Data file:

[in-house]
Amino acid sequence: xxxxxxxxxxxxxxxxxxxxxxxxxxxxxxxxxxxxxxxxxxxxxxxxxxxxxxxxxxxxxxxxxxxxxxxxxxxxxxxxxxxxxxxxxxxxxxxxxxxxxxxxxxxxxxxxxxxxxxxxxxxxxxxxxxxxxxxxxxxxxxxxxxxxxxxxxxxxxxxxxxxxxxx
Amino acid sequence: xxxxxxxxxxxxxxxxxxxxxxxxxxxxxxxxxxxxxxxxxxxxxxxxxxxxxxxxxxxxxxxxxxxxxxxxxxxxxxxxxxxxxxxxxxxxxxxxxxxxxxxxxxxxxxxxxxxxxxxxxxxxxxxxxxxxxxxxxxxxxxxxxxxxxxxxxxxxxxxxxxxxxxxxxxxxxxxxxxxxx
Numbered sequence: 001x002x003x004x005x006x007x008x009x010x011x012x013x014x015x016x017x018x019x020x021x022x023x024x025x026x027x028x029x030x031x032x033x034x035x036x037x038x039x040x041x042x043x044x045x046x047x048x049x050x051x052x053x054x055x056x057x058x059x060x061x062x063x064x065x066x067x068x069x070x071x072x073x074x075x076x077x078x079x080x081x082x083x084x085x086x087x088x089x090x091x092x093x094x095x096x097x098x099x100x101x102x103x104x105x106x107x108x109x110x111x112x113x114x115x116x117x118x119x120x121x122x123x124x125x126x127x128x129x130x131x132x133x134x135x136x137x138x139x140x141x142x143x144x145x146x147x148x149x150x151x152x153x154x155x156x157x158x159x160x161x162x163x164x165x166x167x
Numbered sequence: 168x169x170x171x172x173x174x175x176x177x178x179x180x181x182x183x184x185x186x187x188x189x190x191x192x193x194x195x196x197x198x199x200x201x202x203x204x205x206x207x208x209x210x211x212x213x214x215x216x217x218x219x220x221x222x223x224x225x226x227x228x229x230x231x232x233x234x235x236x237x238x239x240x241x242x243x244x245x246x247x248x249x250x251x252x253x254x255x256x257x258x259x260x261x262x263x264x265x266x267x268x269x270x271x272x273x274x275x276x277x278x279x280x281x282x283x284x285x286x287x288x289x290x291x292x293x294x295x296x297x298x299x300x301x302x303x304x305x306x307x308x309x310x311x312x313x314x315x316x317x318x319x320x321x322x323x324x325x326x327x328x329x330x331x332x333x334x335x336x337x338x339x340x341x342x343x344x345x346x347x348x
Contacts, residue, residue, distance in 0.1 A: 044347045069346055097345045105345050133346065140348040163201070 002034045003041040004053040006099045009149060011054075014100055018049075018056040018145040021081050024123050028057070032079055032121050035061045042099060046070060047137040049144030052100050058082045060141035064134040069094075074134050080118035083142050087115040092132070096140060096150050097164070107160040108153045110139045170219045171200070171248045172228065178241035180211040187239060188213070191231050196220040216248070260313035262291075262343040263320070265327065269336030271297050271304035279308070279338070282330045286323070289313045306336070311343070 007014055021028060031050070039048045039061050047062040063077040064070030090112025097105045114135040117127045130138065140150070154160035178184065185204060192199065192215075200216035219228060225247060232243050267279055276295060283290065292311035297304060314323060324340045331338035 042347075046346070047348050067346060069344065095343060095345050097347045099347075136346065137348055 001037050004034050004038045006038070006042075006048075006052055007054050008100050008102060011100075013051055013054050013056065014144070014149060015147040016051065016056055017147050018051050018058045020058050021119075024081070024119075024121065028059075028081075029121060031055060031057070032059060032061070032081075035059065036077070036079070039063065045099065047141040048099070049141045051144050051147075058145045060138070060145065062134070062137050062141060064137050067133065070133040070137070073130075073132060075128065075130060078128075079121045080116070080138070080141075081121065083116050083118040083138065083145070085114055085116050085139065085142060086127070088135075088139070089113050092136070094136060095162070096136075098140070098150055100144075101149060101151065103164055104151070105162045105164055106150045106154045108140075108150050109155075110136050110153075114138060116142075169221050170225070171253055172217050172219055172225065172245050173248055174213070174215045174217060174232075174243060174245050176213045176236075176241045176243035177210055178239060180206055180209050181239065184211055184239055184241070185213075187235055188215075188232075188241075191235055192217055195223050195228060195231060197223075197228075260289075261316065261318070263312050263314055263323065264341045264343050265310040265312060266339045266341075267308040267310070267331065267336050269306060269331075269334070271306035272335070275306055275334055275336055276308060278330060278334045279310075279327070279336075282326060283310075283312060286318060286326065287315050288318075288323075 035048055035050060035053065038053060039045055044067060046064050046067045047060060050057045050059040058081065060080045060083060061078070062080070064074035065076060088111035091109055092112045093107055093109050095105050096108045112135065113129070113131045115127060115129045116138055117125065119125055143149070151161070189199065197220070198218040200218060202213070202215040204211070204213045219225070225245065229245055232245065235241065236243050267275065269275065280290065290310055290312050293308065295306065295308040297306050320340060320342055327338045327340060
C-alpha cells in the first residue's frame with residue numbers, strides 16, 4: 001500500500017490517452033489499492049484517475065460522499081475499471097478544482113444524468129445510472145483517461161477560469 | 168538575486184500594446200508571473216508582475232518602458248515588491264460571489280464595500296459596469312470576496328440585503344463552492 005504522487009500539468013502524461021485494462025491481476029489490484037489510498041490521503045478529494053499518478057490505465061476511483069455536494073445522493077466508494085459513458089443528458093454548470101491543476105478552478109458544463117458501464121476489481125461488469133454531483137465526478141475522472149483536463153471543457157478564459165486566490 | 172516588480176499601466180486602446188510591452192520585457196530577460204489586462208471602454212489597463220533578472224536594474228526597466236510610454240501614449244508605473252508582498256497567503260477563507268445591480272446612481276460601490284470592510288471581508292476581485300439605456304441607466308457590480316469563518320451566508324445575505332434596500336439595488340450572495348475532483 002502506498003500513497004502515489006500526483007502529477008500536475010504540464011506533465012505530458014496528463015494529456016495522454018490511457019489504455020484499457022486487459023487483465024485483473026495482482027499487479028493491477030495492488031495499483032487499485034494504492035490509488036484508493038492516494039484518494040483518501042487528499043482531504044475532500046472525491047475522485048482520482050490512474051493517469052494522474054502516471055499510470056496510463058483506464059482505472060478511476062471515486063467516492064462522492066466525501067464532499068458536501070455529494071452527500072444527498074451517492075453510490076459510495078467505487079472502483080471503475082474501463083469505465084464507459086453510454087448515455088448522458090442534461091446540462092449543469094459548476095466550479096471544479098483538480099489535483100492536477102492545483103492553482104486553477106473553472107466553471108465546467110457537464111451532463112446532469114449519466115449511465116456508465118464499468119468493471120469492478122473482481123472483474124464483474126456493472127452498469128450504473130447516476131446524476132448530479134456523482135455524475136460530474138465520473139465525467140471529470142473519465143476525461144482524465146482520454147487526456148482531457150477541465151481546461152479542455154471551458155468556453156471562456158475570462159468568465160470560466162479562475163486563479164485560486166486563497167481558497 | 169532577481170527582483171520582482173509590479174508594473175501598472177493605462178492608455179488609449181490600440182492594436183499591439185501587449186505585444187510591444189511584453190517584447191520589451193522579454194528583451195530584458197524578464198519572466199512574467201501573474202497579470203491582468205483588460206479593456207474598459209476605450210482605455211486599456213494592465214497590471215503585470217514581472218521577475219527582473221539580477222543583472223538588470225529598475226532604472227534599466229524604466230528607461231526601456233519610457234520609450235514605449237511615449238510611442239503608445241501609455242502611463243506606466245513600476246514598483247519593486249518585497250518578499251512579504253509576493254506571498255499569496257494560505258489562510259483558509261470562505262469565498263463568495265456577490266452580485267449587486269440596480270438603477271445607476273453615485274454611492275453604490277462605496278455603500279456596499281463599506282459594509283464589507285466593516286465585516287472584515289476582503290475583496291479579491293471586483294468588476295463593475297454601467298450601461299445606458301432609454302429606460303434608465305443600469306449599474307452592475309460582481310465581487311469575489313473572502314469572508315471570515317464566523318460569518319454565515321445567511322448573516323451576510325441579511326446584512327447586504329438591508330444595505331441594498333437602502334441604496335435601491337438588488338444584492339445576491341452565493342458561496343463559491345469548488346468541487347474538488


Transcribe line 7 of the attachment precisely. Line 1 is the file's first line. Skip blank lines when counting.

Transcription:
C-alpha cells in the first residue's frame with residue numbers, strides 16, 4: 001500500500017490517452033489499492049484517475065460522499081475499471097478544482113444524468129445510472145483517461161477560469 | 168538575486184500594446200508571473216508582475232518602458248515588491264460571489280464595500296459596469312470576496328440585503344463552492 005504522487009500539468013502524461021485494462025491481476029489490484037489510498041490521503045478529494053499518478057490505465061476511483069455536494073445522493077466508494085459513458089443528458093454548470101491543476105478552478109458544463117458501464121476489481125461488469133454531483137465526478141475522472149483536463153471543457157478564459165486566490 | 172516588480176499601466180486602446188510591452192520585457196530577460204489586462208471602454212489597463220533578472224536594474228526597466236510610454240501614449244508605473252508582498256497567503260477563507268445591480272446612481276460601490284470592510288471581508292476581485300439605456304441607466308457590480316469563518320451566508324445575505332434596500336439595488340450572495348475532483 002502506498003500513497004502515489006500526483007502529477008500536475010504540464011506533465012505530458014496528463015494529456016495522454018490511457019489504455020484499457022486487459023487483465024485483473026495482482027499487479028493491477030495492488031495499483032487499485034494504492035490509488036484508493038492516494039484518494040483518501042487528499043482531504044475532500046472525491047475522485048482520482050490512474051493517469052494522474054502516471055499510470056496510463058483506464059482505472060478511476062471515486063467516492064462522492066466525501067464532499068458536501070455529494071452527500072444527498074451517492075453510490076459510495078467505487079472502483080471503475082474501463083469505465084464507459086453510454087448515455088448522458090442534461091446540462092449543469094459548476095466550479096471544479098483538480099489535483100492536477102492545483103492553482104486553477106473553472107466553471108465546467110457537464111451532463112446532469114449519466115449511465116456508465118464499468119468493471120469492478122473482481123472483474124464483474126456493472127452498469128450504473130447516476131446524476132448530479134456523482135455524475136460530474138465520473139465525467140471529470142473519465143476525461144482524465146482520454147487526456148482531457150477541465151481546461152479542455154471551458155468556453156471562456158475570462159468568465160470560466162479562475163486563479164485560486166486563497167481558497 | 169532577481170527582483171520582482173509590479174508594473175501598472177493605462178492608455179488609449181490600440182492594436183499591439185501587449186505585444187510591444189511584453190517584447191520589451193522579454194528583451195530584458197524578464198519572466199512574467201501573474202497579470203491582468205483588460206479593456207474598459209476605450210482605455211486599456213494592465214497590471215503585470217514581472218521577475219527582473221539580477222543583472223538588470225529598475226532604472227534599466229524604466230528607461231526601456233519610457234520609450235514605449237511615449238510611442239503608445241501609455242502611463243506606466245513600476246514598483247519593486249518585497250518578499251512579504253509576493254506571498255499569496257494560505258489562510259483558509261470562505262469565498263463568495265456577490266452580485267449587486269440596480270438603477271445607476273453615485274454611492275453604490277462605496278455603500279456596499281463599506282459594509283464589507285466593516286465585516287472584515289476582503290475583496291479579491293471586483294468588476295463593475297454601467298450601461299445606458301432609454302429606460303434608465305443600469306449599474307452592475309460582481310465581487311469575489313473572502314469572508315471570515317464566523318460569518319454565515321445567511322448573516323451576510325441579511326446584512327447586504329438591508330444595505331441594498333437602502334441604496335435601491337438588488338444584492339445576491341452565493342458561496343463559491345469548488346468541487347474538488